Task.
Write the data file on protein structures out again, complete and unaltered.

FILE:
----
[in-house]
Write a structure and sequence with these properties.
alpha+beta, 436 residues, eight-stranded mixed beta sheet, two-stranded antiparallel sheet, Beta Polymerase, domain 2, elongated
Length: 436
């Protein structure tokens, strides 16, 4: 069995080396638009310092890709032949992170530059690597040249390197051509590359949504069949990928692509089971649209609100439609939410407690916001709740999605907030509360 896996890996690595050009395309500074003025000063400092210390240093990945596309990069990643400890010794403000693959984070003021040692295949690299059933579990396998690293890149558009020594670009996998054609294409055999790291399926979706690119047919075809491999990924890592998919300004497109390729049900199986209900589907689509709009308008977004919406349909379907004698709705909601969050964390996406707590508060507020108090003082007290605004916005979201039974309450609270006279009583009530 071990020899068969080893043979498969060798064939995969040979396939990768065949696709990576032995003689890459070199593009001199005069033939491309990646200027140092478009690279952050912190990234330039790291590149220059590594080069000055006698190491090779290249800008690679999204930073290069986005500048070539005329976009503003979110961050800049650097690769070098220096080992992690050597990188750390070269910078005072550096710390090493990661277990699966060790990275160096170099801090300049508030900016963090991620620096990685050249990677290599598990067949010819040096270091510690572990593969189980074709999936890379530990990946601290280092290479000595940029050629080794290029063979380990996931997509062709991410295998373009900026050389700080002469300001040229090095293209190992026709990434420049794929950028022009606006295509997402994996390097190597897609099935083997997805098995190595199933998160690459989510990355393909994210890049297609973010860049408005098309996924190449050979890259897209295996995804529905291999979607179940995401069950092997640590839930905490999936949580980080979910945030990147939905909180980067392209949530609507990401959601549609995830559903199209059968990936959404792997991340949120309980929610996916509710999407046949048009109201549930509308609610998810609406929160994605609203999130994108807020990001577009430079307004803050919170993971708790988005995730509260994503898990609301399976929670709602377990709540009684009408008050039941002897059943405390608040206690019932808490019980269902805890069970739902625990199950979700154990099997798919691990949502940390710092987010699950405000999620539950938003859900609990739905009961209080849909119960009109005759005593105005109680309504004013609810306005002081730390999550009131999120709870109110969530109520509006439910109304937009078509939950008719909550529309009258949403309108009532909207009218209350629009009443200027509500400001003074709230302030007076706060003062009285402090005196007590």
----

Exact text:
[in-house]
Write a structure and sequence with these properties.
alpha+beta, 436 residues, eight-stranded mixed beta sheet, two-stranded antiparallel sheet, Beta Polymerase, domain 2, elongated
Length: 436
């Protein structure tokens, strides 16, 4: 069995080396638009310092890709032949992170530059690597040249390197051509590359949504069949990928692509089971649209609100439609939410407690916001709740999605907030509360 896996890996690595050009395309500074003025000063400092210390240093990945596309990069990643400890010794403000693959984070003021040692295949690299059933579990396998690293890149558009020594670009996998054609294409055999790291399926979706690119047919075809491999990924890592998919300004497109390729049900199986209900589907689509709009308008977004919406349909379907004698709705909601969050964390996406707590508060507020108090003082007290605004916005979201039974309450609270006279009583009530 071990020899068969080893043979498969060798064939995969040979396939990768065949696709990576032995003689890459070199593009001199005069033939491309990646200027140092478009690279952050912190990234330039790291590149220059590594080069000055006698190491090779290249800008690679999204930073290069986005500048070539005329976009503003979110961050800049650097690769070098220096080992992690050597990188750390070269910078005072550096710390090493990661277990699966060790990275160096170099801090300049508030900016963090991620620096990685050249990677290599598990067949010819040096270091510690572990593969189980074709999936890379530990990946601290280092290479000595940029050629080794290029063979380990996931997509062709991410295998373009900026050389700080002469300001040229090095293209190992026709990434420049794929950028022009606006295509997402994996390097190597897609099935083997997805098995190595199933998160690459989510990355393909994210890049297609973010860049408005098309996924190449050979890259897209295996995804529905291999979607179940995401069950092997640590839930905490999936949580980080979910945030990147939905909180980067392209949530609507990401959601549609995830559903199209059968990936959404792997991340949120309980929610996916509710999407046949048009109201549930509308609610998810609406929160994605609203999130994108807020990001577009430079307004803050919170993971708790988005995730509260994503898990609301399976929670709602377990709540009684009408008050039941002897059943405390608040206690019932808490019980269902805890069970739902625990199950979700154990099997798919691990949502940390710092987010699950405000999620539950938003859900609990739905009961209080849909119960009109005759005593105005109680309504004013609810306005002081730390999550009131999120709870109110969530109520509006439910109304937009078509939950008719909550529309009258949403309108009532909207009218209350629009009443200027509500400001003074709230302030007076706060003062009285402090005196007590």